Playing a Dad who has lost his beloved daughter definitely gave The Shat plenty of opportunity to chew the scenery. In nearly every scene Shatner appears in, he goes for the full out, no stops, no holds barred version of whatever emotion he's trying to get across. There are a couple of occasions where Shatner throws himself against a window or wall due to the overwhelming emotion that he's feeling. These scenes, designed to drive home his character's grief, only stoke the extremely silly fire of Shatner's extreme touches. Movie actress Susan Blakely puts in a more reserved performance, but the mother character is really not the film's focus, though there is an infidelity subplot thrown in haphazardly. Broken Angel marked the first major appearance of future Baywatch star Erika Eleniak, and while she only really appears briefly, the movie's events revolve around her and her extremely dark, extremely thick eyebrow. Roxann Dawson, who plays the gang counselor, deserves a special mention, not because of her performance, but because she provides the second of three Star Trek connections in Broken Angel. Dawson would go on to play Klingon engineer B'lana Torres on Star Trek:Voyager while the third connection comes by way of veteran actor Brock Peters as the unhelpful cop assigned Jamie's case. He would appear as a Starfleet Admiral in Star Trek 4 and 6 as well as appear as Commander Ben Sisko's New Orleans chef father on Deep Space Nine.

Director Richard T. Heffron started off his career in episodic television during the early 70s before branching out into feature films such as the wobbling sequel Futureworld. Along the same time, he began directing a large amount of TV films which lead to jobs on North and South and V: The Final Battle. Broken Angel feels like there is a journeyman director behind the camera, and while the film is chock full of styles of the 80s (Fans of punks in film will not want to miss Shatner's search through a L.A dive filled to the top the rafters with mohawks.), it has a visual style and pace that I would associate more with 70s television. The whole concept feels dated. If there had been a tad more salaciousness to Jamie's disappearance or more wildly inaccurate information, then this could have fit nicely into the world of the exploitation films of the 40's and 50's which preyed on fears of drug use, sexual promiscuity, and the loosening of the moral fiber of America. There is an underlying current to Broken Angel that reads like, "What's the matter with these kids today with their hair and their clothes and their rock and roll music?"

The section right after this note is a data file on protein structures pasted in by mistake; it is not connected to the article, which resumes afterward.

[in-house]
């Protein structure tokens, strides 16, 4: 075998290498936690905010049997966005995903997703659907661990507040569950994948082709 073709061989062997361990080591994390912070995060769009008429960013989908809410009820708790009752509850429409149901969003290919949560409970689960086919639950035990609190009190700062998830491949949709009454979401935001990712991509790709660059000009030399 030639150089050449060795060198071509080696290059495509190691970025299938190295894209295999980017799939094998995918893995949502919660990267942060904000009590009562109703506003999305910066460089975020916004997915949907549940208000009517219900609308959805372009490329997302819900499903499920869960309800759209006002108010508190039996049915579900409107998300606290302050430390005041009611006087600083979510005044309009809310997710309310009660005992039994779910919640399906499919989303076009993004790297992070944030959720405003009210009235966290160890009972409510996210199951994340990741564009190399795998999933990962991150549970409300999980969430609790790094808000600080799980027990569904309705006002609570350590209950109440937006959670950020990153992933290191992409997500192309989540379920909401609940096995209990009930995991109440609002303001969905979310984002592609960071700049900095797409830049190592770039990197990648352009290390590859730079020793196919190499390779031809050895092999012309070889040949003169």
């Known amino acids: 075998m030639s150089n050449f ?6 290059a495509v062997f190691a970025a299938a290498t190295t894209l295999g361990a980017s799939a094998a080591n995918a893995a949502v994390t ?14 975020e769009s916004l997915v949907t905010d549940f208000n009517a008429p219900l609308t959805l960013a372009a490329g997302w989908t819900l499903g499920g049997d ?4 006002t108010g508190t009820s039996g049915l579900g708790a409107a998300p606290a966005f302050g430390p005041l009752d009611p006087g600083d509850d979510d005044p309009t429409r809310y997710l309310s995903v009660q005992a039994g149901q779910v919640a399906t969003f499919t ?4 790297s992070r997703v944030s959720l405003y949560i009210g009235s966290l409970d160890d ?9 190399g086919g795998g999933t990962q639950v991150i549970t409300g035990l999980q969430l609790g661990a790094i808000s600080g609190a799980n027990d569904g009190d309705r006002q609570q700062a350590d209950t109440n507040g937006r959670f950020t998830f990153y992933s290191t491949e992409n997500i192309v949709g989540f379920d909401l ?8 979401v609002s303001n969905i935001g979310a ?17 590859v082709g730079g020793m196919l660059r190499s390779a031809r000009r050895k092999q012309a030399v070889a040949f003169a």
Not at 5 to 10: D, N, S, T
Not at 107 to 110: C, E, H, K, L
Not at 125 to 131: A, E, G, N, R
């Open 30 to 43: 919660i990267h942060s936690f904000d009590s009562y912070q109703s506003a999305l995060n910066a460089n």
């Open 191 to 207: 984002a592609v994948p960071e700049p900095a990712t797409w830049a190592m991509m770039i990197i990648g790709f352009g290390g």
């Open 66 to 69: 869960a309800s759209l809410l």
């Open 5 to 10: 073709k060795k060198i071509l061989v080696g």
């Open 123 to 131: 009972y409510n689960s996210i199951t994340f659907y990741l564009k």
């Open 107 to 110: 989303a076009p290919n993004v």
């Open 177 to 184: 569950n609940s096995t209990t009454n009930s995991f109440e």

In a way, it lends a lot of charm to this late Reagan era offering. Somewhere in between the peon to the perils of latchkey keys, there's a degree of campiness that lies squarely the feet of one William Shatner. If you're a child of the 80s and you enjoy seeing the Once and Future Kirk take on other roles, then Broken Angel is not a bad way to spend ninety minutes. Go in with the mind that you're seeing the descendent of classic exploitation films, and you're bound to have a good time. Shatner was no stranger to this kind of film though, and next week I'm going to look into one of his earliest roles, as a teacher grappling with sex education in 1961's The Explosive Generation.  So join me back here next Thursday and every Thursday this month for more Shatner as I look at more films from an incredible career. Don't forget, you can go back and check in on entries from the past anytime. So check them out and get to really know your Shat. 

Bugg Rating

There's no trailer for this Made for TV flick, but here's a clip in German. Netflix subscribers can check it out streaming now!

1 comment:

  1. Solid review. I just viewed this recently for a William Shatner blogathon of my own that I was planning--didn't realize it was a tradition here at the Lair. My bad! So it looks like I'll be putting it on the backburner.

    Anyway, my favorite scene was also Shatner getting cruised by the male prostitute--even better considering this was played by the same guy who played Joey from Nightmare on Elm Street 3 and 4!



Related Posts Plugin for WordPress, Blogger...